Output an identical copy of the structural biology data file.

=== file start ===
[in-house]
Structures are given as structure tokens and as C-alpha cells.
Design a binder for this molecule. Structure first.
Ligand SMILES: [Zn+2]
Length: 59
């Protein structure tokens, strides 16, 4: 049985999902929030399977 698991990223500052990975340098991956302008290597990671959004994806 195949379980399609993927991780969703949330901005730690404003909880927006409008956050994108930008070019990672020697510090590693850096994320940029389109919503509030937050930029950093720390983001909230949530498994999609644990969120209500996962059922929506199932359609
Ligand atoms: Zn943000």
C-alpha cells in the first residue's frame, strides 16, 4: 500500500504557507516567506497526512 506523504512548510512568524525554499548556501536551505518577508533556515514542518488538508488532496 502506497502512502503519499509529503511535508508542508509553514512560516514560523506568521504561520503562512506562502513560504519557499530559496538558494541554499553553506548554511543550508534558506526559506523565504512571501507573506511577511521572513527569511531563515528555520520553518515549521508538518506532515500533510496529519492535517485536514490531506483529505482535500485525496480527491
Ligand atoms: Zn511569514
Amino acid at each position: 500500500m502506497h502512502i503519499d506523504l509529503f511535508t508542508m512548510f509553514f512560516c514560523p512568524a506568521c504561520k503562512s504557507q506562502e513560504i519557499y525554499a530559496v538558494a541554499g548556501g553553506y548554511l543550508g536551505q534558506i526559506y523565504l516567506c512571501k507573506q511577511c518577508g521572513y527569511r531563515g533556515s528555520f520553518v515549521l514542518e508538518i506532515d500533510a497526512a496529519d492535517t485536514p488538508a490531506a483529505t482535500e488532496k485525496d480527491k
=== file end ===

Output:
[in-house]
Structures are given as structure tokens and as C-alpha cells.
Design a binder for this molecule. Structure first.
Ligand SMILES: [Zn+2]
Length: 59
């Protein structure tokens, strides 16, 4: 049985999902929030399977 698991990223500052990975340098991956302008290597990671959004994806 195949379980399609993927991780969703949330901005730690404003909880927006409008956050994108930008070019990672020697510090590693850096994320940029389109919503509030937050930029950093720390983001909230949530498994999609644990969120209500996962059922929506199932359609
Ligand atoms: Zn943000």
C-alpha cells in the first residue's frame, strides 16, 4: 500500500504557507516567506497526512 506523504512548510512568524525554499548556501536551505518577508533556515514542518488538508488532496 502506497502512502503519499509529503511535508508542508509553514512560516514560523506568521504561520503562512506562502513560504519557499530559496538558494541554499553553506548554511543550508534558506526559506523565504512571501507573506511577511521572513527569511531563515528555520520553518515549521508538518506532515500533510496529519492535517485536514490531506483529505482535500485525496480527491
Ligand atoms: Zn511569514
Amino acid at each position: 500500500m502506497h502512502i503519499d506523504l509529503f511535508t508542508m512548510f509553514f512560516c514560523p512568524a506568521c504561520k503562512s504557507q506562502e513560504i519557499y525554499a530559496v538558494a541554499g548556501g553553506y548554511l543550508g536551505q534558506i526559506y523565504l516567506c512571501k507573506q511577511c518577508g521572513y527569511r531563515g533556515s528555520f520553518v515549521l514542518e508538518i506532515d500533510a497526512a496529519d492535517t485536514p488538508a490531506a483529505t482535500e488532496k485525496d480527491k